“The unique code provides vital information about the registered boat and its owner – ensuring a faster and more effective search and rescue response appropriate to the vessel size. The analogue beacon provided only a position to rescuers.

One hundred and forty one distress beacons were activated between January and March this year.

One hundred and eight of those signals were inadvertent, malicious or the source could not be located, which wastes precious rescue resources.

In the 1998 Sydney Hobart Yacht Race, six sailors died, 55 people were rescued, five vessels sank and 66 boats retired from the race when multiple storms merged and hurricane force winds and waves descended on the fleet.

“Most the yachts were fitted with 121 beacons. If this new technology was available it could have helped with the rescue response,” Mr Tripodi said.

“The advances in technology are outstanding and boaters should take advantage of this,” Mr Tripodi said, “While the changes become law for larger vessels, recreational boaters should also consider making the switch.”

Operators of commercial vessels (Class A, B or C) working in offshore waters must also make the switch to 406 MHz distress beacons under these new rules.

“Boaters must switch to using 406 MHz distress beacons ahead of February next year for safety’s sake.”

Skippers of vessels 8m or larger are required by law to carry a distress beacon – as well as other safety equipment such as a combination of distress flares - when operating two nautical miles or more from the coast.

It is also recommended skippers of smaller vessels heading offshore also carry a distress beacon.

“As an additional safety measure, any skipper going offshore should use their marine radio to alert the volunteer marine radio network with details of the expected journey, and then log off on return,” Mr Tripodi said.

New beacon requirements are the result of an amendment to the Boating (Safety Equipment) Regulation – NSW, under the Maritime Services Act.

Mr Tripodi said NSW Maritime Boating Officers randomly check safety equipment, including distress beacons on vessels. Last year, more than 41,000 checks were conducted on NSW waters.

(Robin's Note: The Aussies are having their problems with the change over to the 406. Aussie law states that any boat sailing over 3 miles offshore, and all boats nornally travel futher than that just to get past the Great Barrier Reef, must have a EPIRB on board. While the Aussies seem to have this under control. There is also a requirement that anyone traveling in the Outback must also have a PLB. Now that change over to the 406 seems to be slow in coming and what I am told stalled due to Aussie politics....)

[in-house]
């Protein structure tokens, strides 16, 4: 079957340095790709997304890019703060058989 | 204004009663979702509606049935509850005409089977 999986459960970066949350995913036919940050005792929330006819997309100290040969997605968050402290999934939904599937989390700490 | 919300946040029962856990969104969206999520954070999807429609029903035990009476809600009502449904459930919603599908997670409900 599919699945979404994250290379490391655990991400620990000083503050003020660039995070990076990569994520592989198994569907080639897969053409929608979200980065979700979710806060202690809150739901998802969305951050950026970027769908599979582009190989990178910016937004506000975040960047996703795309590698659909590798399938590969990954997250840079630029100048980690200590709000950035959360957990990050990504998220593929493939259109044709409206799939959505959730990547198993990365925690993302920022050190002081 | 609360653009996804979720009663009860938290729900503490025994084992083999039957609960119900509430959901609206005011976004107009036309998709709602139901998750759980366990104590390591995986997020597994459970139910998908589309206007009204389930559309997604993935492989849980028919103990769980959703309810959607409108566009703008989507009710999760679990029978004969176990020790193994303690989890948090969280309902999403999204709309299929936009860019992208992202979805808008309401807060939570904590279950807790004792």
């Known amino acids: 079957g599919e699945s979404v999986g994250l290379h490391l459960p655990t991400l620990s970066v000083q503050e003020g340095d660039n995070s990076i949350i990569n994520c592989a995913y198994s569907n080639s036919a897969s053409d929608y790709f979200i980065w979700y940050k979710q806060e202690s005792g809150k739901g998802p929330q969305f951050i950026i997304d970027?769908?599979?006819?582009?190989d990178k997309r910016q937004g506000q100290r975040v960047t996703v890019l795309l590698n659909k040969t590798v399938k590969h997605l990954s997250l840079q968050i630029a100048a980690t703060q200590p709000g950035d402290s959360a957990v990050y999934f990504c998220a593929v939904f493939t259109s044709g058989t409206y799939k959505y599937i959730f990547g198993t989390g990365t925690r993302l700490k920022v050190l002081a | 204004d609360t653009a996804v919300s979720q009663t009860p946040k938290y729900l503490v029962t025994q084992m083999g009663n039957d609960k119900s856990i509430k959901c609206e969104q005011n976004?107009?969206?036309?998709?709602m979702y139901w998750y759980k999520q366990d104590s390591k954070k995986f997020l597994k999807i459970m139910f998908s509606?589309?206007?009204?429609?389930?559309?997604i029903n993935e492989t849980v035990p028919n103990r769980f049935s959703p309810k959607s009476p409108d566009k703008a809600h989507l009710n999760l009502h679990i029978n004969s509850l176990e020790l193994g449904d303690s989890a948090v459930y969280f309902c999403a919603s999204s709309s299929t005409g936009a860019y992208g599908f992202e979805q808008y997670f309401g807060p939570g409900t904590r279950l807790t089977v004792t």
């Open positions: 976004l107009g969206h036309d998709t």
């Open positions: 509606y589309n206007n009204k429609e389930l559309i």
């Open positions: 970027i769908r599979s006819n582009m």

Phillippine Shipping is a Martiime Disaster

ONE BRIGHT clear afternoon in 1986, the ship M.V. Doña Josefina sailed from Isabel, Leyte carrying more than 200 passengers. Fifteen minutes later, the ship inexplicably started to list, and, to the horror of the passengers, sink.

The cause of the tragedy: the ship's cargo officer stored too much cargo in the ship's stern, or rear. The fatal imbalance led to the death of 150 people.

One December evening in 1987, a tanker filled with gasoline, oil and other combustible products floated perilously near a ship overloaded with 4,000 passengers. The lookout was missing from the tanker's deck. Minutes later, a collision occurred, and then explosions. The result was the Doña Paz tragedy.

Culled from reports of the Philippine Coast Guard, these major maritime disasters underscore how dangerously ill-trained many of the country's seamen are in steering through major waterways.

The lack of competent seamen, the dilapidated state of many vessels, and the absence of minimal safety navigational aids are the main causes of tragedies in Philippine seas.

These problems continue year after year because of a regulatory environment that keeps passenger and cargo rates artificially low and gives little concern to safety standards.

As government moves to free rates and routes, the shipping industry expects safety standards to improve. But still, many are stressing the need for a vigilant regulator that will ensure minimum standards are met. Many fear that greedy ship owners may take the opportunity to charge more without improving service or safety.

The shipping industry is the most frequently used inter-island transportation of hundreds of thousands of Filipinos. Third class passage on a domestic liner costs less than a quarter of the cheapest airfare, making ships the only affordable means of transport for many.

More than 80 percent of maritime accidents are due to human error committed by ship officers, according to PCG Commodore Carlos Agustin.

Whether by misreading the ship's radar or failing to issue evacuation orders, ship's officers have caused accidents and the loss of lives.

Poorly trained seamen seep through the system because of a testing and registration system that is rife with corruption.

For years, the shipping industry expressed skepticism over the large percentage of students-80 to 90 percent-who passed marine engineer and seamen exams administered by the Professional Regulation Commission (PRC).

Last year, their suspicions were indirectly confirmed. After the PRC computerized the testing process in July 1992, the number of examinees who passed plunged to barely 20 percent. "This is probably the best thing that happened to the shipping industry," according to Capt. Victor Basco, former Maritime Industry Authority (Marina) administrator and today, a shipping company official.